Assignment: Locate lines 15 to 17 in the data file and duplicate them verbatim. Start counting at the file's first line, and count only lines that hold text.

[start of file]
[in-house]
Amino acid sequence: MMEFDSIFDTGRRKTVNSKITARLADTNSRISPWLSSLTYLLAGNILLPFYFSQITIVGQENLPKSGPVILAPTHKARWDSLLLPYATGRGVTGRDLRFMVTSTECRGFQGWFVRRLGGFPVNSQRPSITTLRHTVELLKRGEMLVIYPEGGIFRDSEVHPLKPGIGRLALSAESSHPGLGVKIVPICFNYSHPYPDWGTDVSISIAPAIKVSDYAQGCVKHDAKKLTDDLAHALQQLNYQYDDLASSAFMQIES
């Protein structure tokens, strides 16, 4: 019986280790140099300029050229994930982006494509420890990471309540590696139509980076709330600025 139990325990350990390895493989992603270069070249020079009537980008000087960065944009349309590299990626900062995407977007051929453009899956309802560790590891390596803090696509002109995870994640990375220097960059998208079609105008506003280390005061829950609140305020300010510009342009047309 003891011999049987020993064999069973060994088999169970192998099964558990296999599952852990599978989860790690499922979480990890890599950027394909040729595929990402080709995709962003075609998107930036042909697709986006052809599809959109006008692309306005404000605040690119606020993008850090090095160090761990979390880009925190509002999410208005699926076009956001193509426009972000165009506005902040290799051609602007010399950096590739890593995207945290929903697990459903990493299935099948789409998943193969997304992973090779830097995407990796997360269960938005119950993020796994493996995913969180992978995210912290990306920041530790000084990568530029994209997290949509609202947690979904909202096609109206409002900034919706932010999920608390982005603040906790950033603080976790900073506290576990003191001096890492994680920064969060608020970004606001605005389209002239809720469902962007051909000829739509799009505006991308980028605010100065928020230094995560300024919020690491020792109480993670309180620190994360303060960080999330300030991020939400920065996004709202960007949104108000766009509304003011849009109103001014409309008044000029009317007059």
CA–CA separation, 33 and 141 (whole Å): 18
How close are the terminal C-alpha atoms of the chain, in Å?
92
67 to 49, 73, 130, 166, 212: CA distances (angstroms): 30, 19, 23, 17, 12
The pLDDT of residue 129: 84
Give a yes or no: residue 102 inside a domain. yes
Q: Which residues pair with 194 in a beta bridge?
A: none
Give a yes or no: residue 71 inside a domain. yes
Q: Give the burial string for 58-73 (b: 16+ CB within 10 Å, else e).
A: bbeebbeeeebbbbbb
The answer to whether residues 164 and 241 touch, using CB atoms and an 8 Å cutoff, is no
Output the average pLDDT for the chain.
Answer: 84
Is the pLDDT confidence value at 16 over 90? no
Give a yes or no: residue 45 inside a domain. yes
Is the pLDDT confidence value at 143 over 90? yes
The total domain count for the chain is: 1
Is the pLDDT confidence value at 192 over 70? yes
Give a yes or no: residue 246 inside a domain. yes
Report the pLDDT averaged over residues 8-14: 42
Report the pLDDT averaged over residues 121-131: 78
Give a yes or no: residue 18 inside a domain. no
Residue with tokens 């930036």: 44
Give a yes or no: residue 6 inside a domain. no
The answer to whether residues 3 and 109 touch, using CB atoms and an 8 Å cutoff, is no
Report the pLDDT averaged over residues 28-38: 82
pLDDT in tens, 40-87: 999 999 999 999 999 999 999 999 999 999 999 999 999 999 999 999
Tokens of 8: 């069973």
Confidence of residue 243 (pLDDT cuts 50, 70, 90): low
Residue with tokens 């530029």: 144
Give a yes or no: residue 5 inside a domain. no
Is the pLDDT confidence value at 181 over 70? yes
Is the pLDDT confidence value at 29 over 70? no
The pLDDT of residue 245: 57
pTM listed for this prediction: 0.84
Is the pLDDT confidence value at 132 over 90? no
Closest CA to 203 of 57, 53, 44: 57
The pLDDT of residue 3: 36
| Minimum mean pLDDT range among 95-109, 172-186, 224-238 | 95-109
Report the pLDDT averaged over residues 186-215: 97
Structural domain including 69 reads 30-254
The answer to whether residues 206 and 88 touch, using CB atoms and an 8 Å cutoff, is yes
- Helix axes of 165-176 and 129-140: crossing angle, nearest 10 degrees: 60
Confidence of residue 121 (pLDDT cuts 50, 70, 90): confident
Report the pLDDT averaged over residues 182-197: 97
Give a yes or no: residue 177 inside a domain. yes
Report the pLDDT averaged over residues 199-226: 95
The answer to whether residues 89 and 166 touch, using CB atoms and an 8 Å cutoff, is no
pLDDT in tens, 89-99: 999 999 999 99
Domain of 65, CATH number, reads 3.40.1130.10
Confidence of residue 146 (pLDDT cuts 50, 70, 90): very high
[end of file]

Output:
The answer to whether residues 164 and 241 touch, using CB atoms and an 8 Å cutoff, is no
Output the average pLDDT for the chain.
Answer: 84